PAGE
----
Steering & Suspension
Needs to be checked annually for maximum efficiency for optimal tire wear and safety. Alignments should be done to extend your tire life. Shocks, struts, rack and pinion, tire rods, power steering pumps and hoses, ball joints, bushings are an intrecal part and need to be checked annually or according to your vehicles maintenence book.
A shaft on which the wheels and wheel bearing mount.
A type of ball joint located at the end of each tie rod.
A system that connects the steering wheel to the front wheels thus allowing the vehicle to be steered.
The linkage between the steering rack and knuckle arm.
Tie Rod Ends
Grease fittings or ball joints on the ends of the tie rods.
A lever extending from the steering gear to which steering linkage is attached.
A steering system using hydraulic power to ease steering, almost all modern vehicles feature power steering, though many lighter performance cars don't because not only is power steering not always necessary, but it can also ruin the "feel" and general feedback between the tires and the driver.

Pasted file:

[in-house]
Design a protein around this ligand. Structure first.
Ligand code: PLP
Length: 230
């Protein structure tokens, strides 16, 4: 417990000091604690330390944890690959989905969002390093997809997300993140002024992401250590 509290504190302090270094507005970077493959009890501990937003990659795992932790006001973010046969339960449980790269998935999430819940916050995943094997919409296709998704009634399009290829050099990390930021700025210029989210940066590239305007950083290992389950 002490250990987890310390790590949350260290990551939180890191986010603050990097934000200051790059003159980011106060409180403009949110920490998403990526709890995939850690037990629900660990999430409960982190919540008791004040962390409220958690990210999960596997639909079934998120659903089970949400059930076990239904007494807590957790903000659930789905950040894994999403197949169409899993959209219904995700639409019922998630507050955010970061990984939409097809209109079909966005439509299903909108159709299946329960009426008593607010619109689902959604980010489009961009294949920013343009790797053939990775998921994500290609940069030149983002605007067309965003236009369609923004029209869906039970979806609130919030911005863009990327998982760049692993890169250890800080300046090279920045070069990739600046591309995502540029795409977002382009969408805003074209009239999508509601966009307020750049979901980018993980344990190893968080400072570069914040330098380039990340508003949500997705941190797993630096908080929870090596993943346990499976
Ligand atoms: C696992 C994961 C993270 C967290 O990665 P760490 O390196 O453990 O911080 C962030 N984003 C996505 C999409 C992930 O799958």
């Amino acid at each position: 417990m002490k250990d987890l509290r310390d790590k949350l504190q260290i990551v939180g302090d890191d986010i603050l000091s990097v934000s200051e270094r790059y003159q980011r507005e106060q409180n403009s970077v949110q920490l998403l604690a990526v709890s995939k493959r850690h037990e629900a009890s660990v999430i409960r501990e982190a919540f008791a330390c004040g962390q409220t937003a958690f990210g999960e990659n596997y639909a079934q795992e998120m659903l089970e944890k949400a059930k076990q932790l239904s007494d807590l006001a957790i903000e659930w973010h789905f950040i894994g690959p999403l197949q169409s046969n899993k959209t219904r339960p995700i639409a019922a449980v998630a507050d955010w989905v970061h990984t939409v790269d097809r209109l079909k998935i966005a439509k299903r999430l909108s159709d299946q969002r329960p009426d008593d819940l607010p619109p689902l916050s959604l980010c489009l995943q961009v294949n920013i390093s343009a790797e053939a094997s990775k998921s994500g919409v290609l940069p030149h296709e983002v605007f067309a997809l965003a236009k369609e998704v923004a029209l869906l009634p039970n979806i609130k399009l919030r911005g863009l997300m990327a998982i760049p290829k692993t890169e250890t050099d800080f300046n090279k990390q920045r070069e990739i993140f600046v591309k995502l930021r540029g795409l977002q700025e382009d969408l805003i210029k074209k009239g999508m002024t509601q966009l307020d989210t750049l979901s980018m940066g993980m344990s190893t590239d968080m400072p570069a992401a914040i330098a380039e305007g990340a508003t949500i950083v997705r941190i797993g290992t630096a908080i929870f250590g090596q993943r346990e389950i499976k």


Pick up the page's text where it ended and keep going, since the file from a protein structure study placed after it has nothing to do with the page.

One of the major components of the clutch assembly, the pressure plate is forced by springs against the clutch disc which then causes the engine's power to be transmitted to the various gears of a manual transmission.
Rack & Pinion
A steering system in which a round pinion gear turns against teeth cut out of a flat rack.
A metal shaft that is turned by the engine, which, in turn (pun intended), rotates the wheels. (Also, the name of Gail's imaginary friend. More on that later.)
A moveable joint which is part of the steering linkage. It allows the front wheels to move, and when they go bad, you'll notice symptoms from poor steering response, to noticeable clunking going over bumps and potholes.
Hard metal, antifriction devices which are found between two moving parts. They are often lubricated with grease.
The metal unit behind the engine that holds either the manual clutch assembly or the torque converter of an automatic transmission.